As social media has become intertwined with the way we all live our lives, the ability to communicate easily plus communication being memorialized has led to an increase in students being charged with violations of their school’s code of conduct. While some of this behavior does take place on school grounds or school sponsored events, much of it takes place far removed from the school they attend.
I have represented an increasing number of students who have run afoul of school officials due to electronic communications. From making public posts on Instagram or Snapchat to closed text conversations with a small group of friends. School officials have the ability to bring charges against a student when they feel the actions of that student have “materially and substantially” disrupted schoolwork and discipline, regardless of the time and place of the communication.
But that all may change now that the Supreme Court on January 8 decided to hear a case raising the issue of whether a Pennsylvania public school district can discipline students for their off-campus speech.
In taking the appeal from the school district in Mahanoy Area School District v. B.L., the high court will consider the case of a tenth-grade junior varsity cheerleader who in 2017, after failing to make the varsity squad, posted a message on Snapchat which featured use of a profane gesture and made liberal use of the F-word, applying it to “school,” “softball,” “cheer,” and “everything.”
The Snapchat message, which went to 250 students, was not sent from the school’s property, was not transmitted on a school day, and was not part of a school program or activity. The school disciplined the student, suspending her from cheerleading for a year, citing school discipline rules, which forbade “disrespect” and barred crude speech and gestures, or posting online “negative information” about cheerleading.
A school district’s authority to limit students’ First Amendment rights is at the center of the case. The leading Supreme Court precedent is Tinker v. Des Moines Independent Community School District (1969), which by a 7-2 margin upheld students wearing black armbands to protest the Vietnam War. It held that public schools can only regulate student speech that would “materially and substantially” disrupt schoolwork and discipline.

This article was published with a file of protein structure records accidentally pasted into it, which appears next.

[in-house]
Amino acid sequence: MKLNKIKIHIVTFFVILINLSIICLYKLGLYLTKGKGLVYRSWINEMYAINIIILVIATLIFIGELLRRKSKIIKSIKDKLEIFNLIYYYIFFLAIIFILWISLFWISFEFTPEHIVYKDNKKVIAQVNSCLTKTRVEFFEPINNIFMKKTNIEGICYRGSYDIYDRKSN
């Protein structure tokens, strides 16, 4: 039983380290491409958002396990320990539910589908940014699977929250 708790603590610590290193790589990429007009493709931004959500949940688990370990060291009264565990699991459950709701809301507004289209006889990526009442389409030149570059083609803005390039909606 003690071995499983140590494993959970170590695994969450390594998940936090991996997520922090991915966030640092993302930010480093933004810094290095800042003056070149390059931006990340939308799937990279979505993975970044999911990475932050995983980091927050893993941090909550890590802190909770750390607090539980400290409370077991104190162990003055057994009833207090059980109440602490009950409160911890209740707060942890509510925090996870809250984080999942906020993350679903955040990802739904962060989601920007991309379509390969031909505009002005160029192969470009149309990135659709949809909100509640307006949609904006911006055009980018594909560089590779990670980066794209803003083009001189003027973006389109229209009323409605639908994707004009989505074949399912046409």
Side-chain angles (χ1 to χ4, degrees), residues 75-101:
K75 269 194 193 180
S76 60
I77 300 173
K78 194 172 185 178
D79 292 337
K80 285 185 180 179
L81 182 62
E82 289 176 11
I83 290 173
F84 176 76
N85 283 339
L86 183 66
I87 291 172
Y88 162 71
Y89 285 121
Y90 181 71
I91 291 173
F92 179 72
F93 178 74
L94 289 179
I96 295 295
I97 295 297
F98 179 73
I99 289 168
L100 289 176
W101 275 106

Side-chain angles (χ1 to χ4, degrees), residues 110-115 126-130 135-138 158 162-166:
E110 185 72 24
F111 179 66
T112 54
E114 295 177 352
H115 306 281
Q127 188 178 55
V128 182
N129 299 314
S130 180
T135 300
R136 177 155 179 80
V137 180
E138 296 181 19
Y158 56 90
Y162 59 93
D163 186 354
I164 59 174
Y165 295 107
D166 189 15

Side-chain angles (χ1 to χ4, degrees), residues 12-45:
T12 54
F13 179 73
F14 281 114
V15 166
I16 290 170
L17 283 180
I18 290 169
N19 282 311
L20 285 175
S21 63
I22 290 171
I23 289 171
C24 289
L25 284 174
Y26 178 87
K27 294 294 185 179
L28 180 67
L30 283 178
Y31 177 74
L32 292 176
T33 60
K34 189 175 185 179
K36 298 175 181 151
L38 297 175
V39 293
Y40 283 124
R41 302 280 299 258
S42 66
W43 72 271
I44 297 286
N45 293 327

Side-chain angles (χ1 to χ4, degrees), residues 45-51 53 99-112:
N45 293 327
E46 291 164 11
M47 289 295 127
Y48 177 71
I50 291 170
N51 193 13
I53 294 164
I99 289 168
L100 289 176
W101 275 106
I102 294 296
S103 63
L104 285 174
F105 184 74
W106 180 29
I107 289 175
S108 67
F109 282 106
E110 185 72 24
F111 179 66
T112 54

While five other federal courts of appeal and the Pennsylvania Supreme Court had held that, despite Tinker, schools can discipline students for their off-campus speech, both a federal district court and a majority of a three-judge panel of the Philadelphia-based Third Circuit ruled otherwise in this case. (The American Civil Liberties Union participated in both cases, defending the student.)
The Third Circuit’s decision was the first federal appellate decision to rule Tinker did not give schools authority to regulate students’ off-campus speech and expression. While Tinker created a narrow exception allowing school authorities to act against disruptive speech or expression (which in my experience the school districts have interpreted liberally), the Third Circuit disallowed school district discipline of the disappointed cheerleader for speech that was off-campus.
The key factor establishing the speech as off-campus was not the location of the speech, but instead the extent to which a school district acted to “control or sponsor” the forum or the speech itself. As Tinker had earlier observed, those factors could make it appear public educators had given their imprimatur to student speech outside a school’s brick-and-mortar boundaries. But in the cheerleader’s case, the Third Circuit held, the connection of the speech with the school environment was not substantial enough to authorize punishment of the student.
In arguing for Supreme Court review, the school district pointed to the growing importance of social media speech and urged the Court to provide guidance for the nation’s educational administrators on what their authority and duties might be in that area.
I am looking forward to seeing how this case is decided and I will follow up with another post when it is.
About the Author
Scott J. Limmer is a New York criminal attorney practicing primarily in Nassau, Suffolk, and Queens counties. He also represents students nationwide when they are charged with violations of their school’s code of conduct.